IF you haven’t read recently about an Irish architect called Graham Dwyer, count yourself lucky. If you haven’t, you’re also probably living in another country, as the Dwyer trial was big news in Ireland for the first three months of 2015.

And if you haven’t perhaps you should – not only because it is a fascinating if repulsive story, but also because it, sadly, suggests at the underlying attitude to women in the human race.

And that is: disposable.

Read more…

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On Twitter, Facebook, Snapchat – the ‘asocial media’ emerge

November 21st, 2014 Comments off

It’s good to see the Irish authorities have reached the stage of public consultation on fine-tuning changes to existing laws so they cover bad behaviour on digital platforms.

But why not a whole new law, even a suite of laws? As netizens [ugh], or rather people who overwhelmingly both work and play via the internet, we should have controls that refer specifically to this environment. It’s no longer possible to pretend that the wonderful freedom and openness of the web can be a highway without road-signs and restrictions.

More and more, the unlovely side of the internet comes into view. And that’s without discussing the Dark Web, hard-core porn and its trade, ditto for drugs and weapons.

Up in the sunny, noisy, hillsides of ‘social media’ it’s becoming ever more clear, to anyone with sensitivity and clear sight, that the term ‘social’ denoting a big open party is a misnomer. Even the implication that social implies a concern and regard for one another is often inaccurate.

More often it should be ‘asocial media’. ‘Asocial’ means ‘without society’. And individuals such as those who threatened athlete Jessica Ennis-Hill with sexual violence after she stated she would not support the re-employment of a convicted rapist at Sheffield football club should not be welcome in any society. They have no regard from others, except for those who confront them in the flesh. Read more…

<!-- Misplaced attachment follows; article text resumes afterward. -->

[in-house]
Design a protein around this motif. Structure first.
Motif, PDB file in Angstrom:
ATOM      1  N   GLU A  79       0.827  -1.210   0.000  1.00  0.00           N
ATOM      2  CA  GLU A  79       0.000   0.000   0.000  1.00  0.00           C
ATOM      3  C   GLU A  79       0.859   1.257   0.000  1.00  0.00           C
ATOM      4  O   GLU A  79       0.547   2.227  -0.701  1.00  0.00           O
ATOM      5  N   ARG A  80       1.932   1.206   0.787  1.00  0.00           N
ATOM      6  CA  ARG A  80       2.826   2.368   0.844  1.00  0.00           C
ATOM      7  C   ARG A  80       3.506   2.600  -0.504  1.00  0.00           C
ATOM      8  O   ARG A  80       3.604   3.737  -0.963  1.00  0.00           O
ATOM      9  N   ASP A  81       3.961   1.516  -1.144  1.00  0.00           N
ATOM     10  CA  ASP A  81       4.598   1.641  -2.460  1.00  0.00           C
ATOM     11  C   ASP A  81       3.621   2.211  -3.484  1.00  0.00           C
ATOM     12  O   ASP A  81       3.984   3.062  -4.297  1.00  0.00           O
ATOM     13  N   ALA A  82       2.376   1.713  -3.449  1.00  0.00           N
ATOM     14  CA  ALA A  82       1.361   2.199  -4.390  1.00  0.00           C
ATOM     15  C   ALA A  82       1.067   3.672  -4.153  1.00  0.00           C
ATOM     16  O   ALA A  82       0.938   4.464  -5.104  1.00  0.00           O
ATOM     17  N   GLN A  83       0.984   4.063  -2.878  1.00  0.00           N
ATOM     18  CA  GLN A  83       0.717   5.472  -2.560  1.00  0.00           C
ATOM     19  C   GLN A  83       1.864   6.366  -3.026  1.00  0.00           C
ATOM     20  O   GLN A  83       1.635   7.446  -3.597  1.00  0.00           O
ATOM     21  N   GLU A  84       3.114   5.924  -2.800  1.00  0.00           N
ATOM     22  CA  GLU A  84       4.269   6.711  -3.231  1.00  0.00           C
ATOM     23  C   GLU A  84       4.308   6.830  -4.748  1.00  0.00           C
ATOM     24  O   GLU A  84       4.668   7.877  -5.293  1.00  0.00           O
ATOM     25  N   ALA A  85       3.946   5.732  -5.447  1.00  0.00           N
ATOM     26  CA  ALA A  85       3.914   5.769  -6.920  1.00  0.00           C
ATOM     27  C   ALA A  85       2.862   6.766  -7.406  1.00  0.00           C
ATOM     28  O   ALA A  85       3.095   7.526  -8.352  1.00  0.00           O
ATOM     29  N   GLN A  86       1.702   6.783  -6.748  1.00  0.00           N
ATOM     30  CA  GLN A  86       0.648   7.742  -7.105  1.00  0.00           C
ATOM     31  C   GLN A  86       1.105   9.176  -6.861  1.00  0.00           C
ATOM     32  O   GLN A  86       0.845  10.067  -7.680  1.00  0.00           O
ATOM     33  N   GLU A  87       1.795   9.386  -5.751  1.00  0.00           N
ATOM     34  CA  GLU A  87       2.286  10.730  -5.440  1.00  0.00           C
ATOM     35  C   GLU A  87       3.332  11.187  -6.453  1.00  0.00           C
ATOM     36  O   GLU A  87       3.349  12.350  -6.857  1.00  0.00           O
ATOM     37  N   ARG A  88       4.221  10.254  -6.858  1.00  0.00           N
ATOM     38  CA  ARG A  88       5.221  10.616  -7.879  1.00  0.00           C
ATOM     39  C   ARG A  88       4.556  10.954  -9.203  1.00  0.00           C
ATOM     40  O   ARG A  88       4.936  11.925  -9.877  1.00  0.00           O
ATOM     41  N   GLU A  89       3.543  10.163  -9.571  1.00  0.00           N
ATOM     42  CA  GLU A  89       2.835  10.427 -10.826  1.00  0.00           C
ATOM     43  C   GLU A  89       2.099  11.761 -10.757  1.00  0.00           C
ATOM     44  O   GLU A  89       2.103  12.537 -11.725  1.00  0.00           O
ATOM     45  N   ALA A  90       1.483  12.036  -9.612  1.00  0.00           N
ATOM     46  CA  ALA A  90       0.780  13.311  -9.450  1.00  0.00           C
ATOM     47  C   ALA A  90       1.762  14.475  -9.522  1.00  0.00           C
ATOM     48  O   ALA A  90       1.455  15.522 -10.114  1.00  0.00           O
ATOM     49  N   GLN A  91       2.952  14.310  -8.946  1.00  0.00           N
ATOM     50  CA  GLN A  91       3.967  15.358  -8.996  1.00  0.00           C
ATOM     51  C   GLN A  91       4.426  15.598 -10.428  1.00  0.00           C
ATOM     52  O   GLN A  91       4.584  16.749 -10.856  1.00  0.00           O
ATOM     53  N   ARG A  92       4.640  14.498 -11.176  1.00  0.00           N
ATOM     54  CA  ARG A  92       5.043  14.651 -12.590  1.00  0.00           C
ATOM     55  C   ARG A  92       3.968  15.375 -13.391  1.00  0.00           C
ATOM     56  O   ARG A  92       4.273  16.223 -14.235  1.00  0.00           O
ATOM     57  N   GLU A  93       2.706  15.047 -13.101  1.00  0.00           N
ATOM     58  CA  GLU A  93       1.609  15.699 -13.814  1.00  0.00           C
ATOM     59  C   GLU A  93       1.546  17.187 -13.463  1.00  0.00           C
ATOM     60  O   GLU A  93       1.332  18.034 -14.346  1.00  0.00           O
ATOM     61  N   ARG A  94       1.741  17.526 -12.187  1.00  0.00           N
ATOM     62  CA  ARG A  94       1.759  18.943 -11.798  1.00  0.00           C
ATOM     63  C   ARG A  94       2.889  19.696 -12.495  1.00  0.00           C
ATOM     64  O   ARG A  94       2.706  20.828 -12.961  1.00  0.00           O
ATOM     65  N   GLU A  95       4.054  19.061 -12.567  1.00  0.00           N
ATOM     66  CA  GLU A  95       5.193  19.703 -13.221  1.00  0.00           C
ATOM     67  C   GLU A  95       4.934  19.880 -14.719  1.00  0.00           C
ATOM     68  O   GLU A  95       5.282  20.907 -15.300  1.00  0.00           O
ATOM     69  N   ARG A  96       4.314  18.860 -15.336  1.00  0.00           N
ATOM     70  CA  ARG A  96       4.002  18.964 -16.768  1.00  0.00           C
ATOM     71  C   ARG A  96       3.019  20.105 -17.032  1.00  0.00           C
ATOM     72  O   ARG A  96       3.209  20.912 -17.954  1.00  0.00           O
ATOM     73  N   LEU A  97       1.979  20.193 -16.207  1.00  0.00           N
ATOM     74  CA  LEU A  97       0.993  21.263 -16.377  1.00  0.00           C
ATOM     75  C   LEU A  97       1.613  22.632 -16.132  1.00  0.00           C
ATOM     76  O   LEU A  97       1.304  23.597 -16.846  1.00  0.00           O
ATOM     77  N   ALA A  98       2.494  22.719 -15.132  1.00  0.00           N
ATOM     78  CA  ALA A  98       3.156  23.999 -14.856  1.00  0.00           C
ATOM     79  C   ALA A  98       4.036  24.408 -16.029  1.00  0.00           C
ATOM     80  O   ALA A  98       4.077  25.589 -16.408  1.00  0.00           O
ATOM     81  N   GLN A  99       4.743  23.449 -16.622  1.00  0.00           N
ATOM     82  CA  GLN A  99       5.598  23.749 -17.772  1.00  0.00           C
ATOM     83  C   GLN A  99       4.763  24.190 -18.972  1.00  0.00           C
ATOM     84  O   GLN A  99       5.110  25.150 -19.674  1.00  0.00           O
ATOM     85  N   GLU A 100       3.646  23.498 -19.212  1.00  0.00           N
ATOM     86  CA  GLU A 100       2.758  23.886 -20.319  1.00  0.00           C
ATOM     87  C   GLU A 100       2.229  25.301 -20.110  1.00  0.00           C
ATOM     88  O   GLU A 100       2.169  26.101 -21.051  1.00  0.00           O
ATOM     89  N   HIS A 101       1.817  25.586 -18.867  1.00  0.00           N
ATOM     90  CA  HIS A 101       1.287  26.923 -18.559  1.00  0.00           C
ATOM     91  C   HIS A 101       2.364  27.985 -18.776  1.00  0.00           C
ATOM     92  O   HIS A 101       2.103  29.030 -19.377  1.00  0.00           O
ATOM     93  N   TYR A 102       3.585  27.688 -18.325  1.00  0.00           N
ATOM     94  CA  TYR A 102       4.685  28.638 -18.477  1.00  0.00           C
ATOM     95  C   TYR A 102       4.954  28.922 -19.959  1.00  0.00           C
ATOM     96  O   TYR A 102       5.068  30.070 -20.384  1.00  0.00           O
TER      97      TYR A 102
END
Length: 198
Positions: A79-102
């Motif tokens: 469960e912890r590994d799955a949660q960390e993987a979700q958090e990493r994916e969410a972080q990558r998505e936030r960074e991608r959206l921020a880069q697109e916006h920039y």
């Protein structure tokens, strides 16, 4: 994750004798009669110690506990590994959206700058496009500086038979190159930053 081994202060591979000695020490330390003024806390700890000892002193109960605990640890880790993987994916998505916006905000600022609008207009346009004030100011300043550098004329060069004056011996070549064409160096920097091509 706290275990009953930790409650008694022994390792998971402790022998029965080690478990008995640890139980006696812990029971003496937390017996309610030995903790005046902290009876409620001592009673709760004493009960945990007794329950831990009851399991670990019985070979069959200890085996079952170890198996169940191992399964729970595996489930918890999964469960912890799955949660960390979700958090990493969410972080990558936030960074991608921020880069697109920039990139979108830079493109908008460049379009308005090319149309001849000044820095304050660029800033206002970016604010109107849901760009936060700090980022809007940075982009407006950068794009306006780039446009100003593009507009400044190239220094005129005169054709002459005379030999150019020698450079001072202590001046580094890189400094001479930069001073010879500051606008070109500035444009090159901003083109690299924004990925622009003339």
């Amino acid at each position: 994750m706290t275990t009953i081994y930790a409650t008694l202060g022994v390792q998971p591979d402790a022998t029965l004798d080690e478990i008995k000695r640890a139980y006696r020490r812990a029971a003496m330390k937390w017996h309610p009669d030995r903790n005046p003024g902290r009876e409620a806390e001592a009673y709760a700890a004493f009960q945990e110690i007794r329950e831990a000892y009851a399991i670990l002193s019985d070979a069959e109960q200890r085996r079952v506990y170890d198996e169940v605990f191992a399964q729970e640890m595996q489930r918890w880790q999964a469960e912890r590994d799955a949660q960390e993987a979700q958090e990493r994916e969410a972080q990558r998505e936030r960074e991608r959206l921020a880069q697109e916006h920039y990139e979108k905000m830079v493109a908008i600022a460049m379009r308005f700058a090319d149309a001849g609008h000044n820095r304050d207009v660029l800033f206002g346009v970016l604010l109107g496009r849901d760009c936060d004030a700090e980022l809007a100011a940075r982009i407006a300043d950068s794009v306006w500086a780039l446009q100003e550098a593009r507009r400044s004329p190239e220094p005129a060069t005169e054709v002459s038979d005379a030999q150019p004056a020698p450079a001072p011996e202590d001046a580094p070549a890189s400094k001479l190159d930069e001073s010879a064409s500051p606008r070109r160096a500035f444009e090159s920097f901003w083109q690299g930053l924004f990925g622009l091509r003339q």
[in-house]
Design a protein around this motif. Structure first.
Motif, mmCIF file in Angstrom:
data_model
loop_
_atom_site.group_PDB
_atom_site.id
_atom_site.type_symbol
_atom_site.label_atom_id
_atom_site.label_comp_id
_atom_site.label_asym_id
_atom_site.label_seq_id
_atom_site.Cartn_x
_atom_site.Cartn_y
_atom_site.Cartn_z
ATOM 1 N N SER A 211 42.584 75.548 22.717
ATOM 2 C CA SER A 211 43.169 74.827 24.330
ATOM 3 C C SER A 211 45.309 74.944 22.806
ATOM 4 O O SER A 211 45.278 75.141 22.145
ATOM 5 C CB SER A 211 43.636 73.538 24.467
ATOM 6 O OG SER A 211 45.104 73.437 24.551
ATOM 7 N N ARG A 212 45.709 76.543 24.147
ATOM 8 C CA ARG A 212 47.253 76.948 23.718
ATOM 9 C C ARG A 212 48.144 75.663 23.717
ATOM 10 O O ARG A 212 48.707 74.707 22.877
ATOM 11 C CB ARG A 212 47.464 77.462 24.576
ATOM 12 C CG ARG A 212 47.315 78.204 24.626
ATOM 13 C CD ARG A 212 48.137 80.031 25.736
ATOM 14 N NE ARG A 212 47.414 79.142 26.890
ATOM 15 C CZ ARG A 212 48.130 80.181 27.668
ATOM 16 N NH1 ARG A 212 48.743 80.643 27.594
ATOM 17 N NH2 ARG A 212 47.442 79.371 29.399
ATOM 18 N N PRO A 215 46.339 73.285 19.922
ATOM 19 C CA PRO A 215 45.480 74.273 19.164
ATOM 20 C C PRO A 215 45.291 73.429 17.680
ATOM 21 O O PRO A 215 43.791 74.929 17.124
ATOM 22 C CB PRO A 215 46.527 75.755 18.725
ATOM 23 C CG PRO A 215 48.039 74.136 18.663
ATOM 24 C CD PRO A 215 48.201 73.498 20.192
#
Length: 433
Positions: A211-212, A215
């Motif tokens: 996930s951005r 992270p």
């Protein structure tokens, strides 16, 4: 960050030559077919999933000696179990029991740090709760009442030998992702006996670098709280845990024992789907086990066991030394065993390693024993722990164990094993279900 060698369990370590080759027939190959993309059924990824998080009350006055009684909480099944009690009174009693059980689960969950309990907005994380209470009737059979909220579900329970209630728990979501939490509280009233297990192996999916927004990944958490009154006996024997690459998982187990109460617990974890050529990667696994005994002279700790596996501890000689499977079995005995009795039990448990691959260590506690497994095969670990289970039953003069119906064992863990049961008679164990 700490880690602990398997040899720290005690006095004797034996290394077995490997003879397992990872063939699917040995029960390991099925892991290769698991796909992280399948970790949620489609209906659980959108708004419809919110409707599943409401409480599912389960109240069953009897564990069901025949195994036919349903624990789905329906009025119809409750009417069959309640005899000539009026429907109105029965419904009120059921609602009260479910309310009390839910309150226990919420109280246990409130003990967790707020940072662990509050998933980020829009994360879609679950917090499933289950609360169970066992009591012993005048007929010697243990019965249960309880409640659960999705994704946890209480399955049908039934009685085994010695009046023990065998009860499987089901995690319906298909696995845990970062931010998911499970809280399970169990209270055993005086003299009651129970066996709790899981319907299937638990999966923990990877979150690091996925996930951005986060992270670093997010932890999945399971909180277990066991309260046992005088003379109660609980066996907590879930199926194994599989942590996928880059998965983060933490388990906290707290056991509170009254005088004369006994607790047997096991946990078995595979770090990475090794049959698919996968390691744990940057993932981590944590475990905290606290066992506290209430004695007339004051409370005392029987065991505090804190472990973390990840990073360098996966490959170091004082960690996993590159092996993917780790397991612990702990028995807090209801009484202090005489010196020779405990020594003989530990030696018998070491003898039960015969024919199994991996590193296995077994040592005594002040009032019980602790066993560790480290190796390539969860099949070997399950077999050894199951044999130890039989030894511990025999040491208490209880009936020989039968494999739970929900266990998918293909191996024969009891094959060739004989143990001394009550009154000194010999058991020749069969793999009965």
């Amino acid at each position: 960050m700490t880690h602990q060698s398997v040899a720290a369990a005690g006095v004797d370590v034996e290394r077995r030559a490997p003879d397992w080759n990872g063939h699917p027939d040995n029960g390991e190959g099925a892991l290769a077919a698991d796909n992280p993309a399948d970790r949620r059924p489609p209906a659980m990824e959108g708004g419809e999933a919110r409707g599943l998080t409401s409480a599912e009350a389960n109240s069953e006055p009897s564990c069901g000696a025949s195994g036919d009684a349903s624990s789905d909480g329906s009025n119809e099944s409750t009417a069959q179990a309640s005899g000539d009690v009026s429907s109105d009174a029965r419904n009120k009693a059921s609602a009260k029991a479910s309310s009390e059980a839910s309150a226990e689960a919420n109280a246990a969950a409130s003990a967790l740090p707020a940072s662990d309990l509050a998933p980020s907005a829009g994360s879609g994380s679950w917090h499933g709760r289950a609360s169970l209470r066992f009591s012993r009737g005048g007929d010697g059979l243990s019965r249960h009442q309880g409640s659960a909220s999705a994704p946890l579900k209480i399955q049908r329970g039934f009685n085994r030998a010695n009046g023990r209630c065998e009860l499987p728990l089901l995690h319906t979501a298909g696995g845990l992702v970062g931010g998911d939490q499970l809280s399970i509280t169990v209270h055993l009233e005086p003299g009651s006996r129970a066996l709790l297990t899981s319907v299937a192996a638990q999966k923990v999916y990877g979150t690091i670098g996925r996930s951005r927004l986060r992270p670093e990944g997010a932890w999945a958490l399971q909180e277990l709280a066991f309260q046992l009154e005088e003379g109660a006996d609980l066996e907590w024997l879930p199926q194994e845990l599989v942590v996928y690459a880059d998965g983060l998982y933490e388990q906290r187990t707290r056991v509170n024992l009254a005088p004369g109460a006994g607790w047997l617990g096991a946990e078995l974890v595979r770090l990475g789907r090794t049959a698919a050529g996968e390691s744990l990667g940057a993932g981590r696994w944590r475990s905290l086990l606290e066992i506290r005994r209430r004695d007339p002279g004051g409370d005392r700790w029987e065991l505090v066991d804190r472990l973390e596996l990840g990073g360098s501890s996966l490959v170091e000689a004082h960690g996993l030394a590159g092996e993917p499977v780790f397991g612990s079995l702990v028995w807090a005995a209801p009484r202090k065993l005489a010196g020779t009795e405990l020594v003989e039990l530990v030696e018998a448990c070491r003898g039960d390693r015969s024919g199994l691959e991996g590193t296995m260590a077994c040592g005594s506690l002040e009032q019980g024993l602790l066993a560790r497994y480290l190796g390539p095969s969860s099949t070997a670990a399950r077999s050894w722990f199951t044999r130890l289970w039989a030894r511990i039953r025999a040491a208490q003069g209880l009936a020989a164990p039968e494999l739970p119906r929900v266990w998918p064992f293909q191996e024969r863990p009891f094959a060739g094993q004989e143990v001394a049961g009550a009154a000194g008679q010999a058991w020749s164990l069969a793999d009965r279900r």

Why aren’t there more women in the digital business world?

November 6th, 2014 Comments off

As I write these words on November 6 2014 [there’s a classic intro for you], the Web Summit in Dublin is about to hear a talk about the topic of the scarcity of women at such gatherings, and in the world of digital technology in general.

Coincidentally, I’m watching a webinar from the US, sponsored by the Knight Foundation, on open data and ‘the next big thing’. There’s a lot of talk about open data and emerging platforms, and the first panel featured four men and one woman.

In the second session, a woman did give the presentation, but, to the relief of the stereotype-seekers, she was dressed in shapeless jeans, shirt and jumper and messed up hair. Just like a male geek (the term will not give offence, I hope, for it is so short and handy).

I’ve been to so many conferences and hackathons, so many meetings on digital issues of interest, such as open data, and yes, females are in the minority. At a BBC-sponsored hackathon in Dublin earlier this year I handcounted the crowd of around 120, and put it at about eight to one. But why the hand-wringing? Why oh why aren’t there more women in this field?

I’ll tell you why. Read more…